So. There we were, sitting on that ugly sofa. He’d been boring me to yawns with a photo album he’d put together from a trip he took to Italy. His doctorate (that he never finished the way I never finished my masters in journalism) had something to do with architecture and music. I was so relieved that he was boring the shit out of me because I just knew there had to be something wrong with this lovely man. “This is it,” I thought. “He likes to talk about boring architecture!”
“I’m trying to figure out what’s wrong with you,” I said when we came up for air after sucking face for a while. “There’s always something wrong with the guys I date. But so far, I’m coming up blank.”
“Well, I have a secret dark side, and when you find out what it is, you’ll leave me.”
“You? A dark side? No way. I’d smell it on you. And I’d never leave you.”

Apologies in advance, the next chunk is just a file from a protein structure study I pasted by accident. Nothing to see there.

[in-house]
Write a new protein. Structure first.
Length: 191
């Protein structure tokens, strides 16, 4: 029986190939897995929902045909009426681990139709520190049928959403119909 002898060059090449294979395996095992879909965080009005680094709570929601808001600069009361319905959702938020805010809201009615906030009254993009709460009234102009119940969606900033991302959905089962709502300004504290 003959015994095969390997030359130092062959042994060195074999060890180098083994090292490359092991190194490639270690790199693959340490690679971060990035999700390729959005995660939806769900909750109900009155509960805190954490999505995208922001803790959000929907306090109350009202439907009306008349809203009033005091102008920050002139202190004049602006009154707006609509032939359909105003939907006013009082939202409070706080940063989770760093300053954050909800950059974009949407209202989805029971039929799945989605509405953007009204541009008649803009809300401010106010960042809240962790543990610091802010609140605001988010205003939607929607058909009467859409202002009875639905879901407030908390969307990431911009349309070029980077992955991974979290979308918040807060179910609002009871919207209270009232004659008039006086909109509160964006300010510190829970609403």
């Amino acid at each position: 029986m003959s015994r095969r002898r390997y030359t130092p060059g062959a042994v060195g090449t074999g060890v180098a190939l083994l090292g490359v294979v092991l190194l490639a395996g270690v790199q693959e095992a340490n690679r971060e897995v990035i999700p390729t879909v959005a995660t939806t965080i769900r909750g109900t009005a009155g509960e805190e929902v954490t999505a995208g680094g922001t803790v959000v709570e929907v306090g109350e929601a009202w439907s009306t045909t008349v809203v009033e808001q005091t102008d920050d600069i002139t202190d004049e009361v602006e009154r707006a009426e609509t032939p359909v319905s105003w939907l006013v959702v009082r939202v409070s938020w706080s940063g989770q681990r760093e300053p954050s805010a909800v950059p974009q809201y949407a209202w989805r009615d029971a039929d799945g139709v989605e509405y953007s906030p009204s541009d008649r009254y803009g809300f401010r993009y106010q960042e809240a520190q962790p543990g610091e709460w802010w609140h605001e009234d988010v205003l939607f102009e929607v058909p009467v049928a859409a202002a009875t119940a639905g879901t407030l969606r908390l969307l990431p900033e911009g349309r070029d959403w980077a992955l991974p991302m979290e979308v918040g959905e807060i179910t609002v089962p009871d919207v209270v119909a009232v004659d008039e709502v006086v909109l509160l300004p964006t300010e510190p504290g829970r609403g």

“Everyone has a dark side,” he said. “Even you.”
He was, of course, right, except that he officially left me because of his “dark side.” He only meant to leave temporarily, but I was tired of trying and wouldn’t let him come back home.
By all the Wisdom in the Great Books of Divorce How To, philosophies about moving on, reinventing yourselves after the death of a marriage, etc., yada, blah, he and I should have done it legal, been DONE with each other by summer of 2004 except for the part where we have a child together. I’m pretty sure we meant to do it legal. We both had attorneys. We both gathered paperwork from each other. We both snarled into the phone about the whys of the split (one of the worst things he said (or it felt like the worst to me in the moment) was that he left me because he couldn’t stand my messes and my raging procrastination).
I wept and wept and wept.
I’m pretty sure he did, too.
Somehow in the midst of selling a house, buying our separate abodes, quit claim deeds, trying to figure out how long the child should be with each of us, paying bills, work, not work, his father’s death one day, my great-niece’s birth the next, we lost sight of the idea of divorce.